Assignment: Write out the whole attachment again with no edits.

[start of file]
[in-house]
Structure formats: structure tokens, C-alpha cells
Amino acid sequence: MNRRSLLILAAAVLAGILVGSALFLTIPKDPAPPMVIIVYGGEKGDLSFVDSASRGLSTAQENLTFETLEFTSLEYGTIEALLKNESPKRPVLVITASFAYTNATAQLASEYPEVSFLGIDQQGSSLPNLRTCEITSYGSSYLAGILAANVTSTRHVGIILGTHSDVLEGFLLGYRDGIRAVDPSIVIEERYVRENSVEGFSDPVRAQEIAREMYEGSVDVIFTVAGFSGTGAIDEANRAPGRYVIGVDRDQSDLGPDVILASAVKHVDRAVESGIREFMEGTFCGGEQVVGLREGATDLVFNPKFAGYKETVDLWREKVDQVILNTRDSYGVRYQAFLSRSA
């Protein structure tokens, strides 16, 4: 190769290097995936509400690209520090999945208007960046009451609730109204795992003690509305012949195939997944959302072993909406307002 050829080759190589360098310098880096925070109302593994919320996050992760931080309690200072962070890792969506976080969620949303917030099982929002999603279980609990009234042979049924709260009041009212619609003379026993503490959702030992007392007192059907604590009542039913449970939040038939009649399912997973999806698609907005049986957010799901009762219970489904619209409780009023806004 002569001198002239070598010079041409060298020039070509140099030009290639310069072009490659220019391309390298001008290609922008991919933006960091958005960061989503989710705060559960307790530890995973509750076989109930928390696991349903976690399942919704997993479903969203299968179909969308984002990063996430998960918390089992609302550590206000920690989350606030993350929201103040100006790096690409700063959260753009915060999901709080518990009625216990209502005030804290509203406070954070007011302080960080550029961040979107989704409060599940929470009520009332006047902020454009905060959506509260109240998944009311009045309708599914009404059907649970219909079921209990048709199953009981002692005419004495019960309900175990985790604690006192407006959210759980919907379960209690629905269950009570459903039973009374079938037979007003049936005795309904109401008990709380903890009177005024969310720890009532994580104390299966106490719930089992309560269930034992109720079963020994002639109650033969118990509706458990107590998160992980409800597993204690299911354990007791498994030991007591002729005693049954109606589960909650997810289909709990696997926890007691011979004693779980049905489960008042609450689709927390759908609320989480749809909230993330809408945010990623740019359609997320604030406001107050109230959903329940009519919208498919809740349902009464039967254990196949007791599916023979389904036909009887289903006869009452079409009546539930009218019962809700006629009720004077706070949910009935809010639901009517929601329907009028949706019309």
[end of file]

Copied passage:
[in-house]
Structure formats: structure tokens, C-alpha cells
Amino acid sequence: MNRRSLLILAAAVLAGILVGSALFLTIPKDPAPPMVIIVYGGEKGDLSFVDSASRGLSTAQENLTFETLEFTSLEYGTIEALLKNESPKRPVLVITASFAYTNATAQLASEYPEVSFLGIDQQGSSLPNLRTCEITSYGSSYLAGILAANVTSTRHVGIILGTHSDVLEGFLLGYRDGIRAVDPSIVIEERYVRENSVEGFSDPVRAQEIAREMYEGSVDVIFTVAGFSGTGAIDEANRAPGRYVIGVDRDQSDLGPDVILASAVKHVDRAVESGIREFMEGTFCGGEQVVGLREGATDLVFNPKFAGYKETVDLWREKVDQVILNTRDSYGVRYQAFLSRSA
């Protein structure tokens, strides 16, 4: 190769290097995936509400690209520090999945208007960046009451609730109204795992003690509305012949195939997944959302072993909406307002 050829080759190589360098310098880096925070109302593994919320996050992760931080309690200072962070890792969506976080969620949303917030099982929002999603279980609990009234042979049924709260009041009212619609003379026993503490959702030992007392007192059907604590009542039913449970939040038939009649399912997973999806698609907005049986957010799901009762219970489904619209409780009023806004 002569001198002239070598010079041409060298020039070509140099030009290639310069072009490659220019391309390298001008290609922008991919933006960091958005960061989503989710705060559960307790530890995973509750076989109930928390696991349903976690399942919704997993479903969203299968179909969308984002990063996430998960918390089992609302550590206000920690989350606030993350929201103040100006790096690409700063959260753009915060999901709080518990009625216990209502005030804290509203406070954070007011302080960080550029961040979107989704409060599940929470009520009332006047902020454009905060959506509260109240998944009311009045309708599914009404059907649970219909079921209990048709199953009981002692005419004495019960309900175990985790604690006192407006959210759980919907379960209690629905269950009570459903039973009374079938037979007003049936005795309904109401008990709380903890009177005024969310720890009532994580104390299966106490719930089992309560269930034992109720079963020994002639109650033969118990509706458990107590998160992980409800597993204690299911354990007791498994030991007591002729005693049954109606589960909650997810289909709990696997926890007691011979004693779980049905489960008042609450689709927390759908609320989480749809909230993330809408945010990623740019359609997320604030406001107050109230959903329940009519919208498919809740349902009464039967254990196949007791599916023979389904036909009887289903006869009452079409009546539930009218019962809700006629009720004077706070949910009935809010639901009517929601329907009028949706019309």